Now, the two classes are clearly and cleanly separated, each with one reason to change, and each with a single responsibility. Given this formulation, I'm not sure of a more simple way to expressively declare this behavior, nor does it suggest a procedural processing of a sequence of instructions. In both cases, each class contains a single public method, with a `private_class_method` defined on the `AccountUserAnalyticsEntity` class.

I would argue that formulating this behavior as classes with class methods is far easier to understand and read at a glance than the previously provided instance method / stateful approach. Not only are we not requiring state in any of these classes, but we also impose an interesting constraint on these classes of no object instantiation. Why is that important? It requires the caller to deal with that object instantiation. You might be thinking, "Well we have to deal with object instantiation of the account and analytics client somewhere", and you are right. In fact, by pushing out the creation of our account and analytics client objects, we see how these two classes respect the Dependency Inversion Principle.

Both of these classes represent abstractions. The idea of an account and its users are also abstractions, as is the analytics client. The Dependency Inversion Principle says, "Abstractions should not depend on details. Details should depend on abstractions."6 The detail of knowing how to locate an account within the `AccountUserAnalyticsEntity` class would violate the abstraction it represents because it would require that abstraction to depend on a low level detail (how to query an account). This tells us that there is a better place to query the account object from outside this class in which the Dependency Inversion Principle can still be honored. In a traditional web-application, this would likely occur at the controller level, where the low level abstraction of a controller depends on the higher level abstraction of a model, which in turn depends on the higher level abstraction of a class like `AccountUserAnalyticsEntity` to perform behavior without needing to worry about lower level details.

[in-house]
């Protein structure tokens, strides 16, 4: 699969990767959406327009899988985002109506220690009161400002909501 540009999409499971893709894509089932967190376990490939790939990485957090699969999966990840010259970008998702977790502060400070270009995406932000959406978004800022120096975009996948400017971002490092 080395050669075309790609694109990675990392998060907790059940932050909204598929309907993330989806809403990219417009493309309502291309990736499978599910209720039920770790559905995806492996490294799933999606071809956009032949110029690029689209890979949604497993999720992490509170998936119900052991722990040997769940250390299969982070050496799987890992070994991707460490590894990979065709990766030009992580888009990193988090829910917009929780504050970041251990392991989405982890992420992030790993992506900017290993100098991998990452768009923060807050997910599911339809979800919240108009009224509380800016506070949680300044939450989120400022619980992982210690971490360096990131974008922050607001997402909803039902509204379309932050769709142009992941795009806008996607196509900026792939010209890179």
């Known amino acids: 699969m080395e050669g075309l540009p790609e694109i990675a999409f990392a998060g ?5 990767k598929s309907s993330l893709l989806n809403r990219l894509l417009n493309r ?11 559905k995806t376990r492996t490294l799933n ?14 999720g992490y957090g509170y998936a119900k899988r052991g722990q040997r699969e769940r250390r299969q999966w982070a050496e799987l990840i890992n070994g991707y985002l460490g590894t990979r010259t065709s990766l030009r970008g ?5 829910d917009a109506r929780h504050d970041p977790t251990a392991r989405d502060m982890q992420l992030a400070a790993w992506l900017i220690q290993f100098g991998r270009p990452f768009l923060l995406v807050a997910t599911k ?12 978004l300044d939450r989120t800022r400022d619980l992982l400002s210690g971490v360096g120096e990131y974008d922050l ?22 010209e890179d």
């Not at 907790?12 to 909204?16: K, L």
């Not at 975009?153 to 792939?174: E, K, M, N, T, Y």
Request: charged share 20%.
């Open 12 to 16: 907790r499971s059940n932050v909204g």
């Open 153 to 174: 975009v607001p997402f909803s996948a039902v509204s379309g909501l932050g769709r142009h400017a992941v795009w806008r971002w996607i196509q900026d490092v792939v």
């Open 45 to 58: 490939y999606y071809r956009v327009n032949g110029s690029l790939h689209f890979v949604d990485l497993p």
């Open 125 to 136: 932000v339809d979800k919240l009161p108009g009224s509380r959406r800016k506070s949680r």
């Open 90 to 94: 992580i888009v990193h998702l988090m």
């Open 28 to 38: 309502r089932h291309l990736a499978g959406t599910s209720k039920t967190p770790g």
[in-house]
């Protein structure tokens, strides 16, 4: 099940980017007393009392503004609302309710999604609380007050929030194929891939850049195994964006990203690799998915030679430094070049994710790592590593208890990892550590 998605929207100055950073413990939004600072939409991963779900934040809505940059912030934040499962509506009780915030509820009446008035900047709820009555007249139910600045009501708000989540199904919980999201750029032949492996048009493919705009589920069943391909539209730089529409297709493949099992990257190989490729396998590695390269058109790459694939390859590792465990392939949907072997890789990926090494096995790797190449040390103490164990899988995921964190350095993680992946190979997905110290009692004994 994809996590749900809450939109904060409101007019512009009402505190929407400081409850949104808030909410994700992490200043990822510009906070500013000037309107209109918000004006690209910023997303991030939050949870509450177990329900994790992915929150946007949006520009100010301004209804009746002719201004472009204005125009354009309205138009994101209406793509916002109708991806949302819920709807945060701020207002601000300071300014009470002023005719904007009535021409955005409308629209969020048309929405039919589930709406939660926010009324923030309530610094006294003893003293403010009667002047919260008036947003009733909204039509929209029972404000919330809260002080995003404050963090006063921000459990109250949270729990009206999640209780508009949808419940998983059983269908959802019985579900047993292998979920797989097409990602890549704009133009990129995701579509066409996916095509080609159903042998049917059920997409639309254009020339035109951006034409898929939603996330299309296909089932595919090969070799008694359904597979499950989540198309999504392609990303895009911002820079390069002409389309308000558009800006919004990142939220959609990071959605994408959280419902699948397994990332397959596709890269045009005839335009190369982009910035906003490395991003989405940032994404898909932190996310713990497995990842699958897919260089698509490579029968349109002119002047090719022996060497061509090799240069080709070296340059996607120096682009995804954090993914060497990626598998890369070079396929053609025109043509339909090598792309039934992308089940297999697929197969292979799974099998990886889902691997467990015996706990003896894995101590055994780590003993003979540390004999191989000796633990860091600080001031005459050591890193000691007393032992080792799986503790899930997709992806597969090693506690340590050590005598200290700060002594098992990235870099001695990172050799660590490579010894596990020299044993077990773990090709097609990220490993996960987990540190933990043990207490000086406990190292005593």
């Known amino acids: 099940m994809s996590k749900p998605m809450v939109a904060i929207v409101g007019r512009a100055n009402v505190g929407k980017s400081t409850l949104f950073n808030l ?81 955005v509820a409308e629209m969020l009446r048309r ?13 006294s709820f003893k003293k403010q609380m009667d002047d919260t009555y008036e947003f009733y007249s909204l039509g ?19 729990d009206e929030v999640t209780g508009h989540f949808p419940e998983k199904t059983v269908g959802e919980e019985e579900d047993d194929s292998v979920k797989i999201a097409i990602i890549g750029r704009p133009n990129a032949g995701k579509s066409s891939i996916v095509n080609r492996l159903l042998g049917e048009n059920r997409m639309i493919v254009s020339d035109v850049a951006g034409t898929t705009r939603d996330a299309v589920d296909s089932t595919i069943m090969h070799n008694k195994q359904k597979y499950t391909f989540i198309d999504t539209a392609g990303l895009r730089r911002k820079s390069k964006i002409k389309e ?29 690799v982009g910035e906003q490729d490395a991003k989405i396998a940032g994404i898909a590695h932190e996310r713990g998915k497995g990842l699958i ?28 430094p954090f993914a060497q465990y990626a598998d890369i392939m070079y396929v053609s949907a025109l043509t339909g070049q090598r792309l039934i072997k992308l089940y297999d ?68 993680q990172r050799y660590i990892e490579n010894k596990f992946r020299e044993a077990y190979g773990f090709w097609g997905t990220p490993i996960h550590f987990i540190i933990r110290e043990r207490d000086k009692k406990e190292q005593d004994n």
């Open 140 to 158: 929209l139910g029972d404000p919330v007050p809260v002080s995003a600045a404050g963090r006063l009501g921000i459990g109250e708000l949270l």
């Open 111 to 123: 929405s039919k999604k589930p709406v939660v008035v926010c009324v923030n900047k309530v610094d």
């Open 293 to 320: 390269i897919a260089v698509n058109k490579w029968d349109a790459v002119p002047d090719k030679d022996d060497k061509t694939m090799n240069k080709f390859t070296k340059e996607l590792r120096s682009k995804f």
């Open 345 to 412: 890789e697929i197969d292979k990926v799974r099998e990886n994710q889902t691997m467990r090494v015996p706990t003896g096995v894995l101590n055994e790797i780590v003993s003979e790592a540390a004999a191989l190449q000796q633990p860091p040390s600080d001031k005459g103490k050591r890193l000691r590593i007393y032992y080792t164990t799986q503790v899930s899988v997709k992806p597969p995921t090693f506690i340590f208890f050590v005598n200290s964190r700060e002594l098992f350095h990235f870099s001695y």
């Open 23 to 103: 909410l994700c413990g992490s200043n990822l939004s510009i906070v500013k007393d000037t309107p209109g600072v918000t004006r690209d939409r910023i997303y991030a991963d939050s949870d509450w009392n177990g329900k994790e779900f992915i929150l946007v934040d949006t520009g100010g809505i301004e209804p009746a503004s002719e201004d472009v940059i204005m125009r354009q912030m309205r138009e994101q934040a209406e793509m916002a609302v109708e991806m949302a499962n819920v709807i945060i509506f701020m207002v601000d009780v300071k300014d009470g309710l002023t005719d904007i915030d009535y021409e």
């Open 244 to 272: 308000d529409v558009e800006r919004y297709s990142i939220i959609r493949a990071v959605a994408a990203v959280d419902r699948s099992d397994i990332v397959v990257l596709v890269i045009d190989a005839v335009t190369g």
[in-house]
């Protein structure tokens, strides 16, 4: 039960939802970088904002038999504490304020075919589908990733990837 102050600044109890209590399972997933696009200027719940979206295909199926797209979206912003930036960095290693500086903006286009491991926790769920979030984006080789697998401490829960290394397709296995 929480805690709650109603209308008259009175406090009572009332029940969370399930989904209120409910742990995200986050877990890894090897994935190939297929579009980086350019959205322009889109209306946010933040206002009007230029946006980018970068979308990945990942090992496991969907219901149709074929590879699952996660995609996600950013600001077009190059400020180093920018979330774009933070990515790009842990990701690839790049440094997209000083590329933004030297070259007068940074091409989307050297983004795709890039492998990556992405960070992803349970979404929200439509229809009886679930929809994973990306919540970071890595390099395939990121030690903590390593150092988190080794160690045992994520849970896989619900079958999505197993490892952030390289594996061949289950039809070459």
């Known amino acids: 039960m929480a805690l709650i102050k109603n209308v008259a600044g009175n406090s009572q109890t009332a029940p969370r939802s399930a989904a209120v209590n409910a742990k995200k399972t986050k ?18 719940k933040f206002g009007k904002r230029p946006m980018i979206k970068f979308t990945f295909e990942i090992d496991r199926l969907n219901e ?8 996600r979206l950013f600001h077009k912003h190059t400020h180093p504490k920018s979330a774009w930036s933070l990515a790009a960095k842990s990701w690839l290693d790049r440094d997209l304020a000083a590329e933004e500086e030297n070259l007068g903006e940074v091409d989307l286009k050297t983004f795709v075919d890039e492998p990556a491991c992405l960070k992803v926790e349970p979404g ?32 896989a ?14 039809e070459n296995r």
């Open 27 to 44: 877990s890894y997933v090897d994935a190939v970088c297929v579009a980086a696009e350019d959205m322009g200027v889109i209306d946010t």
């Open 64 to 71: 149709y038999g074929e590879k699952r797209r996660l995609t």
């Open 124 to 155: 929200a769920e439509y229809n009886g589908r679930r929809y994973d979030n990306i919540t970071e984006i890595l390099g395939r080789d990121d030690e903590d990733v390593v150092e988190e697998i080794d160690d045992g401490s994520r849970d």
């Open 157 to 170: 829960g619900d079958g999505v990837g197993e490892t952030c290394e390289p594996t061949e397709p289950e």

Additionally, as a result of honoring the Dependency Inversion Priniple and the Single Responsibility Principle, we can more easily test these two classes either using real objects, fakes, mocks or dummies. In some cases we might want to test object creation, but more practically we probably are only concerned with verifying behavior. Considering the flexibility passing in the dependencies grants us in terms of testing, I would argue this approach is more flexible in its formulation than the instance object / stateful approach.

  1. Static Methods vs Instance Methods
  2. DCI and Rails
  3. Are Class Methods Evil?
  4. Class vs Instance Methods
  5. The definition of "best code" is not the subject of this post, so I will leave that definition up to the reader's judgement based on their current experience.
  6. Dependency Inversion Principle